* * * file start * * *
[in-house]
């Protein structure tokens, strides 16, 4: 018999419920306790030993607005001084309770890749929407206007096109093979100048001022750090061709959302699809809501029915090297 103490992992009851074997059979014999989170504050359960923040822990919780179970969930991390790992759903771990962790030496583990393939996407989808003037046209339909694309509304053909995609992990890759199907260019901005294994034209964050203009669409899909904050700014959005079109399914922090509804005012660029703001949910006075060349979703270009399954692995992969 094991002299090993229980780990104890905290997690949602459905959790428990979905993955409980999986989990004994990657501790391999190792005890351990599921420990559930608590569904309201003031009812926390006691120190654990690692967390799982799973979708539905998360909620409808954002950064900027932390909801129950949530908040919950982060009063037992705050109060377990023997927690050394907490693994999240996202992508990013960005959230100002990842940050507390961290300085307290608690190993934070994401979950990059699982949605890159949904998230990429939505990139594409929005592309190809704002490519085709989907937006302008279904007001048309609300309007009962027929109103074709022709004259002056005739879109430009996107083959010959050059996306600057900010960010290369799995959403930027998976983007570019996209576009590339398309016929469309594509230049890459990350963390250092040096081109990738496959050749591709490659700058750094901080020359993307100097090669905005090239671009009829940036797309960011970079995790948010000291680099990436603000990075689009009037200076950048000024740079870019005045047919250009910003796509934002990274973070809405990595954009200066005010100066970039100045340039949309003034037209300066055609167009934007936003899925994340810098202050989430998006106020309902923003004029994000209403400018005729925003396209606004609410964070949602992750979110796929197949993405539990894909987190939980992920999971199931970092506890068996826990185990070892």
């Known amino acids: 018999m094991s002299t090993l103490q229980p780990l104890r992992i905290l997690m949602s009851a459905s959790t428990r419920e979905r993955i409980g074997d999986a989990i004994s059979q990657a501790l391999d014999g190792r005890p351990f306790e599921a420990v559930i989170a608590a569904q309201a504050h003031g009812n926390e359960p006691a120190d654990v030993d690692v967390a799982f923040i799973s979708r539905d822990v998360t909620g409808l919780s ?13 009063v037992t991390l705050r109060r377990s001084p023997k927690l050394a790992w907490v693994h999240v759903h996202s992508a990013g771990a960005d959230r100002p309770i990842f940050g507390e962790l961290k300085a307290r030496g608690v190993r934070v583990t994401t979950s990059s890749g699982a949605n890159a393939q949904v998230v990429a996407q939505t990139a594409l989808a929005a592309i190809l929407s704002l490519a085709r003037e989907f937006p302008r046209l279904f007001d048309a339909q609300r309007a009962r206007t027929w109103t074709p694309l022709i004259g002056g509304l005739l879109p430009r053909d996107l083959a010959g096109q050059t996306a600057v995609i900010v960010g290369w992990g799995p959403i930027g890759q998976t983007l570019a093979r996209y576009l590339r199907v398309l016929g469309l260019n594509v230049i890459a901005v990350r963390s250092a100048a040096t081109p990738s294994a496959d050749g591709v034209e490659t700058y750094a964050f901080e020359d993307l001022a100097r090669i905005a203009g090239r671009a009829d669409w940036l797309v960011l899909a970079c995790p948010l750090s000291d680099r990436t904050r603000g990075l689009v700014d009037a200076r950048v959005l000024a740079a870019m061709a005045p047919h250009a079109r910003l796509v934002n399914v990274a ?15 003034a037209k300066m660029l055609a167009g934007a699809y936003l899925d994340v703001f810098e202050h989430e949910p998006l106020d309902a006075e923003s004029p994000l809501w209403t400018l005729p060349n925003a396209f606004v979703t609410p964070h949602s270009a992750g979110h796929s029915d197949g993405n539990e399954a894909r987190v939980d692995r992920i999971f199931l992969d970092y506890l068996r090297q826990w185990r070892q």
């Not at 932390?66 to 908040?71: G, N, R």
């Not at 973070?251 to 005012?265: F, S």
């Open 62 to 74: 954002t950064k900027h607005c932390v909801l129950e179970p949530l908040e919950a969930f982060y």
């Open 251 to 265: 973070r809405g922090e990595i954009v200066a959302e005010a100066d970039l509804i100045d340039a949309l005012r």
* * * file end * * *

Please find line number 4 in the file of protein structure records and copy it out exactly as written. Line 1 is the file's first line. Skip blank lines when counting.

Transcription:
């Not at 932390?66 to 908040?71: G, N, R």